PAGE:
A new poll by the Pew Research Center reports that support for the death penalty is down in the United States but may be higher than previous estimates because some poll respondents are unwilling to admit to a live pollster that they support capital punishment.

Results of Pew’s April 5–11, 2021 on-line survey of U.S. adults, released on June 2, indicated that 60% of respondents said they favored the death penalty for persons convicted of murder, down from the 65% level of support reported by on-line respondents in August 2020 and September 2019. In a phone survey over what Pew said was “a nearly identical period” in August 2020, 52% of adults said that they favored the death penalty.

Pew found that during the last three times in which it surveyed Americans about their views on the death penalty, on-line respondents were 9–12 percentage points more likely to say they favored capital punishment than were respondents who provided responses to a live interviewer on the phone. Pew said that “survey questions that ask about sensitive or controversial topics — and views of the death penalty may be one such topic — may be more likely to elicit different responses across modes.” That difference, it posited, is “perhaps attributable to social desirability bias.”

Courtney Kennedy, Pew’s director of survey research, told the New York Times the researchers were “absolutely” convinced that social desirability bias was the most significant factor in the differences between the responses to the on-line and phone surveys. The death penalty, Kennedy said, is “a bit of a touchy subject, it’s kind of sensitive, and admitting that you hold an opinion that has such profound implications for somebody else — not everybody wants to engage with that with a stranger.”

Because of this, Pew has shifted its methodology in death-penalty polling from phone interviews to on-line surveying. However, it said, telephone surveys continue to “provide a basis for examining long-term changes in the public’s attitudes toward the death penalty.” Those surveys, Pew noted, “have shown a steady decline in support for the death penalty in the United States since the mid-1990s.”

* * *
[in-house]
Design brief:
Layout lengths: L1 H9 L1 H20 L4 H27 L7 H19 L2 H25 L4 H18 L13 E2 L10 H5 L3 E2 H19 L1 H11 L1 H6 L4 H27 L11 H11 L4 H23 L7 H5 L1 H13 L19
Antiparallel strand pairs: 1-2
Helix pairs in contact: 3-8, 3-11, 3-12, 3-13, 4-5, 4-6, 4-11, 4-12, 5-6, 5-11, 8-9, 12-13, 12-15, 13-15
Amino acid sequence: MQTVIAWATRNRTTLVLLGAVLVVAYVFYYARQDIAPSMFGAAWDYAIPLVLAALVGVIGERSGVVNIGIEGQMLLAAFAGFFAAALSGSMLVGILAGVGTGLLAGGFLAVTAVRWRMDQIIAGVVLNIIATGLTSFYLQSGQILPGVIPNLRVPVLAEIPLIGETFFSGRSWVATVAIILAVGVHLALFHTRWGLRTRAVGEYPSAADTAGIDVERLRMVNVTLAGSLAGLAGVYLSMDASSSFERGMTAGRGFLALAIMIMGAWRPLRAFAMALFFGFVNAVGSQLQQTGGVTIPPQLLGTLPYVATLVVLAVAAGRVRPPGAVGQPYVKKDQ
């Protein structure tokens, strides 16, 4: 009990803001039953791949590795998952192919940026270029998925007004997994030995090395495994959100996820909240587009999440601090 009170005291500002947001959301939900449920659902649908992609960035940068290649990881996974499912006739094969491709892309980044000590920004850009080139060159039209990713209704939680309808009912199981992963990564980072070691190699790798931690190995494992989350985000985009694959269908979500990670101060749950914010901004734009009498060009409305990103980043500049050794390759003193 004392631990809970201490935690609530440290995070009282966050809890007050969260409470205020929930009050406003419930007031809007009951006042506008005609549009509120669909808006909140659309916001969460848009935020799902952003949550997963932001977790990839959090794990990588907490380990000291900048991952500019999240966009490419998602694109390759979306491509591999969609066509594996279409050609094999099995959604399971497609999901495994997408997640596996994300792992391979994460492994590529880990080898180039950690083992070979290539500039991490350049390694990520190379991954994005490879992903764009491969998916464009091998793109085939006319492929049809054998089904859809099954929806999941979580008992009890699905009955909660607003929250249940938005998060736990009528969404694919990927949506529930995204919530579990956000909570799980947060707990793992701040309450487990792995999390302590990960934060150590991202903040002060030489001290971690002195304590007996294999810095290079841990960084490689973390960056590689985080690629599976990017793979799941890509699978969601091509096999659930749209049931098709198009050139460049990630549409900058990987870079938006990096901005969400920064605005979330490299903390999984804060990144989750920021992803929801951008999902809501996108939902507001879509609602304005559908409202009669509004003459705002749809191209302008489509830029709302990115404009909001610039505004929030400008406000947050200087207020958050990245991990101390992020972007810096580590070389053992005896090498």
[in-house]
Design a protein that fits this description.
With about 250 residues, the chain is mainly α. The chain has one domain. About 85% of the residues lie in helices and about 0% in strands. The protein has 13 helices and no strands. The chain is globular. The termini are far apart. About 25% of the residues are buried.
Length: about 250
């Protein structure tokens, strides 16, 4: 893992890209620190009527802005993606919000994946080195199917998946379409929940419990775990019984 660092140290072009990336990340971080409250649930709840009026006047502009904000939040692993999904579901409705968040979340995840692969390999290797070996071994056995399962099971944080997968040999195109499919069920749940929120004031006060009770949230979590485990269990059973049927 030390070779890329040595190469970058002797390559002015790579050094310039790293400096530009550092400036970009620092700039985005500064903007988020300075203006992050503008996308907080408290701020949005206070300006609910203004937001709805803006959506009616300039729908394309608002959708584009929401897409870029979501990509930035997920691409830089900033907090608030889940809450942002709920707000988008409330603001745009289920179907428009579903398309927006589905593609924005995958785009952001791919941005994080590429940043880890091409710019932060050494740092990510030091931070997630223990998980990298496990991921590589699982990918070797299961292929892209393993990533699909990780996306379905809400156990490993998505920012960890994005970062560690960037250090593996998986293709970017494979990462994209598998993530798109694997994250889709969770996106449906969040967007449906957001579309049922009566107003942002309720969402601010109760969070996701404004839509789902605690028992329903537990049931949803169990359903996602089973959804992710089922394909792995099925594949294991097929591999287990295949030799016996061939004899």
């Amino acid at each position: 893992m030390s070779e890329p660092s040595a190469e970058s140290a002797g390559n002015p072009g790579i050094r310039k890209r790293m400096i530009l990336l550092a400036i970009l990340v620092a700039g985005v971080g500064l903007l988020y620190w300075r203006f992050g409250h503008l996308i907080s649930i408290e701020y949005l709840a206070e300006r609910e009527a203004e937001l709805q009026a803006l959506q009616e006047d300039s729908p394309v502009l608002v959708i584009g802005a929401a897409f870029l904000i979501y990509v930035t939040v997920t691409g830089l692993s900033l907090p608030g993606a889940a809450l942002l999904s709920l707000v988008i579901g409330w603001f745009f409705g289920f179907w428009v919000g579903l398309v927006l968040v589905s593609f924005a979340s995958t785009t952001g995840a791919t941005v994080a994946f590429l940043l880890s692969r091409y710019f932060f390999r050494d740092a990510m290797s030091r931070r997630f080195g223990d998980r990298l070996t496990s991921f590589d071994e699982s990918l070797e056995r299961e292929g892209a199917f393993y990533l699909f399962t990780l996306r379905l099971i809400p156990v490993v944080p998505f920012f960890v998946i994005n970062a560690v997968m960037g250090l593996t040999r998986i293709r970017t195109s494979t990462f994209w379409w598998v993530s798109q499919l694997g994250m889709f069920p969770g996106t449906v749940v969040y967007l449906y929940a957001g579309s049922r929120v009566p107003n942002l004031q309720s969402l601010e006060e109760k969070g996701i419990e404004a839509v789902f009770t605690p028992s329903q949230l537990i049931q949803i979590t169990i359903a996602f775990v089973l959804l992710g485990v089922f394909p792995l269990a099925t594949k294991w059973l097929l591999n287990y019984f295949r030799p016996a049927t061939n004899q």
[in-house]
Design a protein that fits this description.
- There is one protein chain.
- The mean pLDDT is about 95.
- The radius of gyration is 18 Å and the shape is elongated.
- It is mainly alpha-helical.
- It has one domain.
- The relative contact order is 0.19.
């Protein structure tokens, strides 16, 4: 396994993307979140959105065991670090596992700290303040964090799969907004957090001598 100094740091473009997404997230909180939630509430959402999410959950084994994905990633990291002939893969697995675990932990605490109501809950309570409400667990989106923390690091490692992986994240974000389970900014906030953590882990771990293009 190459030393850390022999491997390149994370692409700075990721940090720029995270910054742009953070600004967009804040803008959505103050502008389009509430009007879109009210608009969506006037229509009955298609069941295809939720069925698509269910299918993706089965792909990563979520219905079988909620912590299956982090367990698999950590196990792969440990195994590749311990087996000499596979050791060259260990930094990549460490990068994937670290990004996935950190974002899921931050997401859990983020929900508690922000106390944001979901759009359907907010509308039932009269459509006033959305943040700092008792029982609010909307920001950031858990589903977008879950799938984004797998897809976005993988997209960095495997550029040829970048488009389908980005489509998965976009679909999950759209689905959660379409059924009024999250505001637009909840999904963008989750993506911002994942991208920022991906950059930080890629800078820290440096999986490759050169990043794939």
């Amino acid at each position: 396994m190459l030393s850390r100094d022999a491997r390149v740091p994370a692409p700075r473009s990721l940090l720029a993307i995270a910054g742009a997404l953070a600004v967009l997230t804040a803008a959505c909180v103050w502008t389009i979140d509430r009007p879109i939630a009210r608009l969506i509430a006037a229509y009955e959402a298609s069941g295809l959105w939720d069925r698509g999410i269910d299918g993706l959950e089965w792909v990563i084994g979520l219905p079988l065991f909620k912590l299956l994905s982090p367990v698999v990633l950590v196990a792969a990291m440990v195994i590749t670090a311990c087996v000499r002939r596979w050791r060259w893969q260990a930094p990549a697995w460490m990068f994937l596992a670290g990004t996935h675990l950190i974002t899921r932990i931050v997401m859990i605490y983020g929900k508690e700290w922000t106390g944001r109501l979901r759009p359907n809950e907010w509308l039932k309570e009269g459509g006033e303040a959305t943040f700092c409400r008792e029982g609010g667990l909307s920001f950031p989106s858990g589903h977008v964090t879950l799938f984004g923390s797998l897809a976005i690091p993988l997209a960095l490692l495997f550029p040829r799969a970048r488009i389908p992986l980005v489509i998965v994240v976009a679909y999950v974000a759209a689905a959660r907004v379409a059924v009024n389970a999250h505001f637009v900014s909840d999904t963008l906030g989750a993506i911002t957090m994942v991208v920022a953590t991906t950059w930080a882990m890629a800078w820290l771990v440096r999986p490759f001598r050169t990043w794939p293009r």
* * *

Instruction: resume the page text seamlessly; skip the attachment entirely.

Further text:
The April 2021 on-line survey found that 60% of respondents said that they favored the death penalty, while 39% said they opposed it. Opposition to capital punishment grew by five percentage points compared to on-line surveys taken in August 2020 and September 2019. Strikingly, however, a majority of respondents reported significant problems in the way the death penalty is administered. Although 64% of respondents thought “the death penalty is morally justified” when a person “commits a crime like murder,” most respondents —a nearly four-to-one margin — reported that the death penalty risks executing the innocent. 78% of respondents told Pew that “[t]here is some risk that an innocent person will be put to death,” while only 21% responded that “[t] here are adequate safeguards to ensure that no innocent person will be put to death.” “Only 30% of death penalty supporters — and just 6% of opponents — say adequate safeguards exist to prevent innocent people from being executed,” Pew said.

Respondents also disagreed with the notion that capital punishment contributes to public safety. 63% of on-line respondents told Pew that “the death penalty does not deter people from committing serious crimes,” compared to 35% who said they believed the death penalty was a deterrent. A majority of U.S. adults surveyed (56%) also said that “Black people are more likely than White people to be sentenced to death for committing similar crimes.” 41% said that “White people and Black people are equally likely” to receive the death penalty for similar crimes. The results reflected significantly different worldviews on this issue depending upon a respondent’s race. 85% of Black adults responded that Black people are more likely than Whites to be sentenced to death for similar crimes, falling to 61% of Hispanic adults and 49% of White adults.

The poll found significant differences in views of the death penalty based upon respondents’ race, age, education, and political affiliation. 64% of Whites and Asians said they supported the death penalty, compared to 56% of Hispanics and 49% of Blacks. Support for capital punishment was highest among adults aged 50-64 (69%), falling to 60% among those over 65, 58% among those aged 30–49, and 51% among those aged 18–29.

Whether respondents favored or opposed the death penalty was inversely related to their level of education. Those with a high school education or less were most likely to favor the death penalty (68%), dropping to 63% among those with some college education, 49% among college graduates, and 44% among those with postgraduate education.

77% of Republicans — and 82% of Republicans who identified themselves as conservative —said they favored the death penalty, with 23% and 17%, respectively, saying they opposed it. 53% of Democrats — and 64% of those identifying themselves as liberal — said they opposed the death penalty, versus 46% and 36%, respectively, who said they favor it.


Andrew Daniller and Jocelyn Kiley, Death penal­ty draws more Americans’ sup­port online than in tele­phone sur­veys, Pew Research Center, June 2, 2021; Giovanni Russonello, How Many Americans Support the Death Penalty? Depends How You Ask., New York Times, June 2, 2021; Most Americans Favor the Death Penalty Despite Concerns About Its Administration, Pew Research Center, June 2, 2021; Palash Ghosh, Support For Death Penalty Slips In U.S., But Remains High Among Whites And Republicans, Forbes, June 32021

Download the Pew Research Center report and analy­sis of the poll and its topline ques­tion­naire.